Don’t You Know There’s Something I Need To Talk To You About? New prose poem on the blog today.

Hi all, I’ve written a new prose poem. This is the first draft, I’m sure time will change it. It’s called Don’t You Know There’s Something I Need To Talk To You About? 

It’s coming dark in this rented bedroom where we sleep, on a heap of pillows, sort of lying together, you’re careful not to put your arm around me but your legs are pressed up by mine. You are breathing in the most quietest I have ever heard you. I have my back to you and I feel this movement. People have got opinions. The suspicion that surrounds us cases us to hide further, deeper, only centimetres apart. You turn and a set of keys falls off the bed and onto the floor but is briefly caught mid-air for a second as we both stop breathing or moving or, more precisely, thinking. I heard the echo of the drop for the rest of the evening. Louder when I turned to look at you, and in your face I saw a sort of femininity I hadn’t noticed before, and the co-dependency you falter in my loving me still, presenting as you, talking under your breath in your sleep. I don’t want to tell you what you said because you won’t remember, but it was pretty wild. The more and more I look at you the more I see the fragility of us and the palpable barrier between. When the keys finally drop you start up, then you look at me and say “go back to sleep” and we go back to sleep. They fall. We try not to. 

It feels like it’s probably dark outside when we wake up but it’s not, we’re just tricked into thinking that because we slept so long and now we feel bad. The light present in this room is so ugly. I need a lamp. Do you think you could get me a lamp? Call it a tribute. I don’t like the way we look under the harsh light, we look too real. I can see each grey hair in your sideburns and you can see the moles under my eyes that make it look like I slept in my make-up. 

We leave the house to go and buy supplies and you stand at the bus-stop near my house. You’re not the only man I’ve ever stood here with. You lean against the timetable and smoke so I have to try to remember if the bus comes in at 04, 14, 24, 34, 44, 54, or 07, 17, 27, 37, 47, 57. You’re a tall shape and you seem less tense in the top half, wearing colours of midnight shadows. When we were sleeping earlier I had a dream that I wasn’t very lonely any more. So many middle class people go cycling round here, all with baskets on the front of their bikes. One comes by us now, a twee Francophile with a baguette in hers, as if waiting to be caught by a photographer. She goes in the direction of the Golf Club but neither one of us can imagine her playing. In that few seconds I heard the keys fall again. Not the few seconds as she cycled by, but the overlap of seconds during and briefly after that, when I accidentally fell into you whilst trying to get out of her way, and that second in your arms seemed absolutely terrifying. So much more intimate than the sex we’ve been comfortably having. There’s something more intimate about seeing you and not senselessly throwing it down than actually doing so. The keys drop so loud in my head I look down at the pavement to see if they’re there.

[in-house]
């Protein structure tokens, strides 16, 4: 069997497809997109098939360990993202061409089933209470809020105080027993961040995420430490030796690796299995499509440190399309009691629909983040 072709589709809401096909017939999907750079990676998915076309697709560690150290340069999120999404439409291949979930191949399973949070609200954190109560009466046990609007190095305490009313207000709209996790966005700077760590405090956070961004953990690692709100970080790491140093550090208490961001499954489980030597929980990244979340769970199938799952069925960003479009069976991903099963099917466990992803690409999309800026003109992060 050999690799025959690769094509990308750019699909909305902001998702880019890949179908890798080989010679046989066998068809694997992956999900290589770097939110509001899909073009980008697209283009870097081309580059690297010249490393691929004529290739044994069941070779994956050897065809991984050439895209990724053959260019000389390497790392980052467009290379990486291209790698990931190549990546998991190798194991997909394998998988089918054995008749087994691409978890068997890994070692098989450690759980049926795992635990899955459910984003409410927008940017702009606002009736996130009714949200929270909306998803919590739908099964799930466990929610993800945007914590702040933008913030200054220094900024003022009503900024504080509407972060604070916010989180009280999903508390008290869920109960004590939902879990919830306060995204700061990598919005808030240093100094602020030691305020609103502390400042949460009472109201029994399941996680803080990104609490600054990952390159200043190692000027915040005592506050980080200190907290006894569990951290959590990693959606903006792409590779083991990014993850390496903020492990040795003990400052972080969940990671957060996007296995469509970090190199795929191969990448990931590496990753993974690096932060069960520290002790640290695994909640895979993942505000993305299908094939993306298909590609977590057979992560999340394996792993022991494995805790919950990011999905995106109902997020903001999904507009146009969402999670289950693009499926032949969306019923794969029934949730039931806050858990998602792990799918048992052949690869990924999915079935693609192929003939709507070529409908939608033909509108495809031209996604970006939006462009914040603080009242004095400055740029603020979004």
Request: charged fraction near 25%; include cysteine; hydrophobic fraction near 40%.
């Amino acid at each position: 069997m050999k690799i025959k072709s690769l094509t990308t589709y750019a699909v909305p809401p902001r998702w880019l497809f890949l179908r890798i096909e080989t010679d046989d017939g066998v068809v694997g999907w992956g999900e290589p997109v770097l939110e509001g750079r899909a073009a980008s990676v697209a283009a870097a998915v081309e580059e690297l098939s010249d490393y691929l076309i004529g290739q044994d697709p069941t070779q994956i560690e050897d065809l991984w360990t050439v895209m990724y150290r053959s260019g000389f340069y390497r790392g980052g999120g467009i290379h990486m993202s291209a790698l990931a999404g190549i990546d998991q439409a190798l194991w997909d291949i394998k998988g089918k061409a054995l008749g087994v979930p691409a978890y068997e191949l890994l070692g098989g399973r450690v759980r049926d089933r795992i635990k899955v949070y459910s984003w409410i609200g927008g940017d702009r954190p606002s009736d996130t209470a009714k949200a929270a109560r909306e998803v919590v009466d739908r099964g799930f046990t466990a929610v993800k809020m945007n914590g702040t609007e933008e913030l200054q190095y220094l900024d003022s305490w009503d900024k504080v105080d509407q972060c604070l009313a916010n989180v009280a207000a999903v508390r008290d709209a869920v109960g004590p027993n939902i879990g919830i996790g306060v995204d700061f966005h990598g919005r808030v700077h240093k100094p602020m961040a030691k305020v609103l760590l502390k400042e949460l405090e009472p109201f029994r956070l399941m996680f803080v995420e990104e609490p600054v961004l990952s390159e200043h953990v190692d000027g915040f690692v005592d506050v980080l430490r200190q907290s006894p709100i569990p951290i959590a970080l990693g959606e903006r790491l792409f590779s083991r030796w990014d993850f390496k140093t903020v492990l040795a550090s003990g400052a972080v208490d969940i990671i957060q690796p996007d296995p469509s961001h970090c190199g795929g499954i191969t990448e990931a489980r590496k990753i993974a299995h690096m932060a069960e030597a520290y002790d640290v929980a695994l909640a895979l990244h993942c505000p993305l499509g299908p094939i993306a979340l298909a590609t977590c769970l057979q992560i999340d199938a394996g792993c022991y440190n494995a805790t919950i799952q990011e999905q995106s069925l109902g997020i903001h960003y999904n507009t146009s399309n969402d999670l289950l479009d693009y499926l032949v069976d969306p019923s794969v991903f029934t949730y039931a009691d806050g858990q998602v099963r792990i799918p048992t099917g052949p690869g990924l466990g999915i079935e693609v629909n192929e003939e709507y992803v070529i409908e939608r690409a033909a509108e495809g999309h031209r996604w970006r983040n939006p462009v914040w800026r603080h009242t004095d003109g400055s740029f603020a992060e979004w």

Today, I’m nervous on the bus. Things have been quite pointless recently. There’s a man on the back seat who is talking on his BlackBerry about having just got out of jail again. He looks pale and manages to be skinny and flabby at the same time. He said it’s been a week. A look of disdain bounces off your face and onto all reflective surfaces and I remind you that you are no better than him, you’re just more affluent. He’s just got out for GBH and is organising a drug deal over the phone. Now tell me how he’s so different to you? You’re not exactly the King, you know. You tell me how comfortable it actually is “inside” and make no attempt to express contrition about your anecdotal experience. The boy on the bus knows violence. Like you, he knows the flood of adrenaline that – in me – causes hyperventilation and hot, clammy skin but in men like you – causes lightening in the limbs and tightening, coiled fingers. You can imagine a fight happening with all the balletic grace of trapeze dancers in the big top, but really it is just fighting, and all men like you are let out an animal, night-animals the police are used to seeing, their fur raised and their eyes luminescent when caught out in the darkness by a torch.